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Title: The associations between religion, bereavement and depression among Hong Kong nurses
Authors: Cheung, T 
Lee, PH 
Yip, PSF
Keywords: Bereavement
Mental health
Issue Date: 2017
Publisher: BioMed Central
Source: BMC research notes, 2017, v. 10, 242 How to cite?
Journal: BMC research notes 
Abstract: Background: This paper is to examine the associations between religion, bereavement and depression among nursing professionals using a cross-sectional survey design. There is little empirical evidence in Asia suggesting that religion may either increase or lower the likelihood of nursing professionals being depressed.
Methods: We analyzed the results of a Mental Health Survey soliciting data from 850 Hong Kong nurses (aged 21-59, 178 males) regarding their mental well-being and associated factors, including participants' socio-economic profile and recent life-events. Multiple linear regression analyses examined associations between religion, bereavement and depression.
Results: Religious faith is weakly associated with lower self-reported depression in bereavement.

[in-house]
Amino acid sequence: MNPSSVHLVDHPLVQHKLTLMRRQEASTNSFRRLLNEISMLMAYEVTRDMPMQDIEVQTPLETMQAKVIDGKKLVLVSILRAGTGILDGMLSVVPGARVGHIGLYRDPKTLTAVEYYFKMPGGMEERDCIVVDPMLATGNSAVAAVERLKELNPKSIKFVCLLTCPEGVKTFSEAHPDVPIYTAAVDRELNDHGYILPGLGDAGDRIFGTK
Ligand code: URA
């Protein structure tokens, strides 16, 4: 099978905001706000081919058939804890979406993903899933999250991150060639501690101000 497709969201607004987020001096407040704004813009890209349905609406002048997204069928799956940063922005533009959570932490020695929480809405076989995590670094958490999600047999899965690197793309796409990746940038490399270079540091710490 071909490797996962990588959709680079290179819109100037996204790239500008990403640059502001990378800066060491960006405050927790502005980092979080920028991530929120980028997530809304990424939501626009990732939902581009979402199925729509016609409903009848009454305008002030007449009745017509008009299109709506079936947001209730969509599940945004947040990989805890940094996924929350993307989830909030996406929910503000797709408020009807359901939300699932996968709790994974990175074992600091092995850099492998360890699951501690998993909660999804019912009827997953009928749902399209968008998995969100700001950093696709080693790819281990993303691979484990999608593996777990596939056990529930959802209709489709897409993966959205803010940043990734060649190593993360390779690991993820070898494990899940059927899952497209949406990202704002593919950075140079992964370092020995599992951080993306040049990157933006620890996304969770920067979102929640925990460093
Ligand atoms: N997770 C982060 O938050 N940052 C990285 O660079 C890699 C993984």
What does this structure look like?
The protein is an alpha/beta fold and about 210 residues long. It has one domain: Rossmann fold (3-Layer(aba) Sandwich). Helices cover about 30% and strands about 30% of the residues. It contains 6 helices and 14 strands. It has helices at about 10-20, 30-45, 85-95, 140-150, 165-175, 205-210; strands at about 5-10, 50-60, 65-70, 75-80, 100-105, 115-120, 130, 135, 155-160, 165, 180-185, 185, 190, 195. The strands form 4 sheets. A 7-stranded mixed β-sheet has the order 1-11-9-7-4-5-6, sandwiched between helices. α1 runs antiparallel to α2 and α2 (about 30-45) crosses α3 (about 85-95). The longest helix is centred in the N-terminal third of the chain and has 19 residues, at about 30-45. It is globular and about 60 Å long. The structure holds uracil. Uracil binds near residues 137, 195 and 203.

Conclusions: Our findings confirm those studies suggesting that religion positively affects mental health and yet healthcare providers have yet to assimilate this insight.
ISSN: 1756-0500
DOI: 10.1186/s13104-017-2588-7
Rights: This article is distributed under the terms of the Creative Commons Attribution 4.0 International License (, which permits unrestricted use, distribution, and reproduction in any medium, provided you give appropriate credit to the original author(s) and the source, provide a link to the Creative Commons license, and indicate if changes were made. The Creative Commons Public Domain Dedication waiver ( applies to the data made available in this article, unless otherwise stated.
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